We get up at 7 to prepare for the trip to Siem Reap. Sean complains of a stomach ache. He had eaten very little the day before, so I chalk it up to hunger. The van arrives, and we begin loading our bags. Srey is heading downstairs with Sean when suddenly, at the foot of the stairs, he vomits.

One of the neighbors, a doctor, is passing by at the very moment Sean gets sick. Most likely something he ate, says the doctor. We decide to postpone the trip. By mid-morning, Sean seems fine, eating everything in sight and drinking huge amounts of Coke. We spend most of the day resting. The delay turns out to be a blessing; nearly everyone was exhausted from long trip back through Kampot, and no one was looking forward to another day in the van. We decide to leave for Siem Reap the following morning, and spend the day relaxing around the house; Anna goes with two of her cousins and a neighbor to an upscale mall, returning with a stuffed tiger and a Spiderman mask for her brother.

The following morning, Sean seems fine. However, as I look at Anna, who is still sleeping, I start to get a little uneasy: her face looks tight, as though she's in pain. Sure enough, when I wake her up, she tells me that her stomach hurts.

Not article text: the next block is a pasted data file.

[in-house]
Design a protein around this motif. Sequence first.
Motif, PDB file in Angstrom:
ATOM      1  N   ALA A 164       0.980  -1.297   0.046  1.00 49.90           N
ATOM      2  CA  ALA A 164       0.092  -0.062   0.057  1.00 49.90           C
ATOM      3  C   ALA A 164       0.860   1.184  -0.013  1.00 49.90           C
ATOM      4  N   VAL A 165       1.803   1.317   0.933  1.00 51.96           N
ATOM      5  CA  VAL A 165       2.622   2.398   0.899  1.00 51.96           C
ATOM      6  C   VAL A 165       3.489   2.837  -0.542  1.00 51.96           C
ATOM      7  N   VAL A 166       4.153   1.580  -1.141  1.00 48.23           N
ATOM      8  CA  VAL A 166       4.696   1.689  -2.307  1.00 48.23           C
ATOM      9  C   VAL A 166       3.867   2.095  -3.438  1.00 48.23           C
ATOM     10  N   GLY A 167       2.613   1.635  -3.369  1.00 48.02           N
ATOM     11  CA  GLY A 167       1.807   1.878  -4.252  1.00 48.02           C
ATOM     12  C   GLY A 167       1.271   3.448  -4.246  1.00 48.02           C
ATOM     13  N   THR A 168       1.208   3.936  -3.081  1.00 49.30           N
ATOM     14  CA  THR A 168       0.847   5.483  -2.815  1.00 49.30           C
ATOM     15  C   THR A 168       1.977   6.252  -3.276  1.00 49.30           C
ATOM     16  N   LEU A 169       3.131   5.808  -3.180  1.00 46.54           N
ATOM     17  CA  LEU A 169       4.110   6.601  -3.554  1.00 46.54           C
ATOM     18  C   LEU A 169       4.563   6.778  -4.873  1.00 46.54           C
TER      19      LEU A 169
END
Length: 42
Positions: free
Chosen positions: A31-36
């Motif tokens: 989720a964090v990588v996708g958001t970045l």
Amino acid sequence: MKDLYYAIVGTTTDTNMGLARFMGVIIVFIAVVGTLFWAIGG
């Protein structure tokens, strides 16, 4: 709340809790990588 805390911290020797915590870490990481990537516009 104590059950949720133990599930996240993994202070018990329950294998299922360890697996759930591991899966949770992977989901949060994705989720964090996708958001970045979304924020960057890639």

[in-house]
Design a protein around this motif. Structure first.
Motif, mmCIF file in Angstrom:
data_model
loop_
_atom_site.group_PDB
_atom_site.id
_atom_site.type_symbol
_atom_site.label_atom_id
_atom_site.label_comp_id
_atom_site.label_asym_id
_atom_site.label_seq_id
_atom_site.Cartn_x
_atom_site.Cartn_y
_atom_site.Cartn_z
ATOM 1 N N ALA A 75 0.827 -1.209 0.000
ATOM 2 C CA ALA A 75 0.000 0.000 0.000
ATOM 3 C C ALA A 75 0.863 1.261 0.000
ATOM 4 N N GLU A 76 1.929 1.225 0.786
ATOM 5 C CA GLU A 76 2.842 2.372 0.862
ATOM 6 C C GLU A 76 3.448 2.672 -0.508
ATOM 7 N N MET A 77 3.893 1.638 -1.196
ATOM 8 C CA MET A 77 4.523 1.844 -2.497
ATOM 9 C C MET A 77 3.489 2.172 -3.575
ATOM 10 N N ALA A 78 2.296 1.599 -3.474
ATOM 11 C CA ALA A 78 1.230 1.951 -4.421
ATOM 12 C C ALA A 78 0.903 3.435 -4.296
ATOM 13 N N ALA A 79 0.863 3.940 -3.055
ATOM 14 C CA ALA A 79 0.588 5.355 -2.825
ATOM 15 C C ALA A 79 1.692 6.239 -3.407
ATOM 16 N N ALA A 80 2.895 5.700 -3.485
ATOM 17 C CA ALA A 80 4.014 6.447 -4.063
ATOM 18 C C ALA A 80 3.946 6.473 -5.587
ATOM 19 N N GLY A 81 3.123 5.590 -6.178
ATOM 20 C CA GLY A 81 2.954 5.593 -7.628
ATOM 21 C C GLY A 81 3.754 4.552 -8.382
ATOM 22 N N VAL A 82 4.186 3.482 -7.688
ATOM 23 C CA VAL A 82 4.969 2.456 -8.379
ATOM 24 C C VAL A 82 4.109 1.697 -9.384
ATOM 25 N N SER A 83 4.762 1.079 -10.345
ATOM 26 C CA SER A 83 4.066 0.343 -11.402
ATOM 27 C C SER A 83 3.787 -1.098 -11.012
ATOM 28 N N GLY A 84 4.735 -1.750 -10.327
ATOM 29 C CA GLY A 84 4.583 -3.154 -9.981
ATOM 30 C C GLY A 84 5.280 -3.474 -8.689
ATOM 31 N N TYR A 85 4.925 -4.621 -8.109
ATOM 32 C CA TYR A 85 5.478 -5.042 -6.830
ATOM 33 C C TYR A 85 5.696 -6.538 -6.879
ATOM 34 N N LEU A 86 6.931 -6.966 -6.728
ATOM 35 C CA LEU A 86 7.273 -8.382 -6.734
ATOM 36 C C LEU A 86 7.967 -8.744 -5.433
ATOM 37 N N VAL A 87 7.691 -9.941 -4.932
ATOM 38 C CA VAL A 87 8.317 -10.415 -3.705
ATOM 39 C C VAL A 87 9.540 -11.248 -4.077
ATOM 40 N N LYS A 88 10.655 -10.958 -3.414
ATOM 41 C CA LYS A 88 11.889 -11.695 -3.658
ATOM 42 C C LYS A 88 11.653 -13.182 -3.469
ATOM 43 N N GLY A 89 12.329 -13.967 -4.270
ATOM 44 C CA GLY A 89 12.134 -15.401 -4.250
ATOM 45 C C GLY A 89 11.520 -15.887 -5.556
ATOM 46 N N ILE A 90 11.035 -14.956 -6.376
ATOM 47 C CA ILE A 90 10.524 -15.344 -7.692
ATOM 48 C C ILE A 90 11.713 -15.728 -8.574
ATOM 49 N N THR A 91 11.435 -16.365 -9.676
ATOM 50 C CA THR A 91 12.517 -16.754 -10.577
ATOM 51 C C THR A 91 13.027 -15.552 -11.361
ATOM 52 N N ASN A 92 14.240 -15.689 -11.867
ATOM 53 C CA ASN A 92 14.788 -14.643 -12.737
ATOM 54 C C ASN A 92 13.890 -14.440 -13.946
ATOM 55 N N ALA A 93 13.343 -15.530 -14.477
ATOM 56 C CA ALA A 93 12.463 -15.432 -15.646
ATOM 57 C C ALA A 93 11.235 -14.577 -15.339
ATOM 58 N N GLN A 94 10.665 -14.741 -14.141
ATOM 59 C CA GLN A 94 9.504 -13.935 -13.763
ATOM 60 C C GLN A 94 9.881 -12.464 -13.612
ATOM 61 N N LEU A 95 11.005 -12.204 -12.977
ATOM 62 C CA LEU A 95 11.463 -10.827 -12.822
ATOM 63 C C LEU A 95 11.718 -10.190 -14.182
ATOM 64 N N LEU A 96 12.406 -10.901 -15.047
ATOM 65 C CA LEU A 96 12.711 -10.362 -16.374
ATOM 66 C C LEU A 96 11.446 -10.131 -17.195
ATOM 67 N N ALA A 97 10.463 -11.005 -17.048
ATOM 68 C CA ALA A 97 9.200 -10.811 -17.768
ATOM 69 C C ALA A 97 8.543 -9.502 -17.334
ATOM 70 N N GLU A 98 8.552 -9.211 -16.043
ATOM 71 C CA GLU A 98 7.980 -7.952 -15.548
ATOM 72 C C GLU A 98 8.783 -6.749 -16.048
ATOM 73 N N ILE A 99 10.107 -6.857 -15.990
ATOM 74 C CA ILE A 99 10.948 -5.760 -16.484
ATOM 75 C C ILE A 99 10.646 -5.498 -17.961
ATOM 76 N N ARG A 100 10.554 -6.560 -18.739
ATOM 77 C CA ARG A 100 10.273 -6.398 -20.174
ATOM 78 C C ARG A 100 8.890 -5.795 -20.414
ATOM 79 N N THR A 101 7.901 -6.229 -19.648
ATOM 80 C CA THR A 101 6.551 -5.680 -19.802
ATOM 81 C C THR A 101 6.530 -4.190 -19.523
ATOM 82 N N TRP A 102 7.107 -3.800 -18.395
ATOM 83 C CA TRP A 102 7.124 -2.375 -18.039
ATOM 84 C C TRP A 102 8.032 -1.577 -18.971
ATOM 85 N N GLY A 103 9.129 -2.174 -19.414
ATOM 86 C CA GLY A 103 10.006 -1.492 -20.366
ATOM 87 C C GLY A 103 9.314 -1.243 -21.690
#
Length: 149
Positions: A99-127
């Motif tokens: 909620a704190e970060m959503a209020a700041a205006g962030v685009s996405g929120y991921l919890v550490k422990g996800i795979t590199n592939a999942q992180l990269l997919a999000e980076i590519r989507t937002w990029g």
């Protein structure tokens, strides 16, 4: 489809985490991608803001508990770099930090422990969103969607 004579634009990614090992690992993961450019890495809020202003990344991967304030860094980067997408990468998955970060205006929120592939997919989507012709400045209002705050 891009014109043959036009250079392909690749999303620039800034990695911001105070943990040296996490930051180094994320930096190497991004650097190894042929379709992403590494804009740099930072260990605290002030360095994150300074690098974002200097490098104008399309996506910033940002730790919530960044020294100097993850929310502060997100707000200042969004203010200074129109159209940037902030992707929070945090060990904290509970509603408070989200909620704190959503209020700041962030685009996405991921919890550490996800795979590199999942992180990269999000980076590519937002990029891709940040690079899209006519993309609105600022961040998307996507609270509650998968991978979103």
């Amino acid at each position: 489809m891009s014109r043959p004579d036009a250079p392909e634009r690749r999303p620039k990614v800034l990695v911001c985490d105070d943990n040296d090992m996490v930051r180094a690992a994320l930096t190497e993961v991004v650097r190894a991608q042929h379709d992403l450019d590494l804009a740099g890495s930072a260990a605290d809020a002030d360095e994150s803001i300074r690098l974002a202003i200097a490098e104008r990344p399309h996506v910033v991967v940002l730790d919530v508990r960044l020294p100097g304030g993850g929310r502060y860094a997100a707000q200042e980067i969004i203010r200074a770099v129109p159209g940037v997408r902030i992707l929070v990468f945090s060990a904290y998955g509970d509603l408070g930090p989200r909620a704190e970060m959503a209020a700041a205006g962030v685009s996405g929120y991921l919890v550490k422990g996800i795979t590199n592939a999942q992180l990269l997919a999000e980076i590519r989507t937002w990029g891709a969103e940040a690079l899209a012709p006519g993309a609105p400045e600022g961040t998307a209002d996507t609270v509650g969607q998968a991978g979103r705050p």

The moment the van arrives, we find ourselves in a replay of the previous day, with Anna in the role of "vomiting child." Once again, there will be no trip.

Next: Spare Days


This article contains nine parts:
Part One: Princess of Cambodia
Part Two: Banishing Shadows
Part Three: The Saint of the Deported
Part Four: Trips Taken and Not Taken
Part Five: Spare Days
Part Six: North to the Temples
Part Seven: Ghosts and Wrong Turns
Part Eight: Changed City
Part Nine: The Eight Hundred and Nine Stairs

Related Articles:
Beauty and Darkness: Travel Section
Cambodia 2000: The Quarter-Ton World Tour
Farther than Wisconsin: Cambodia, 1991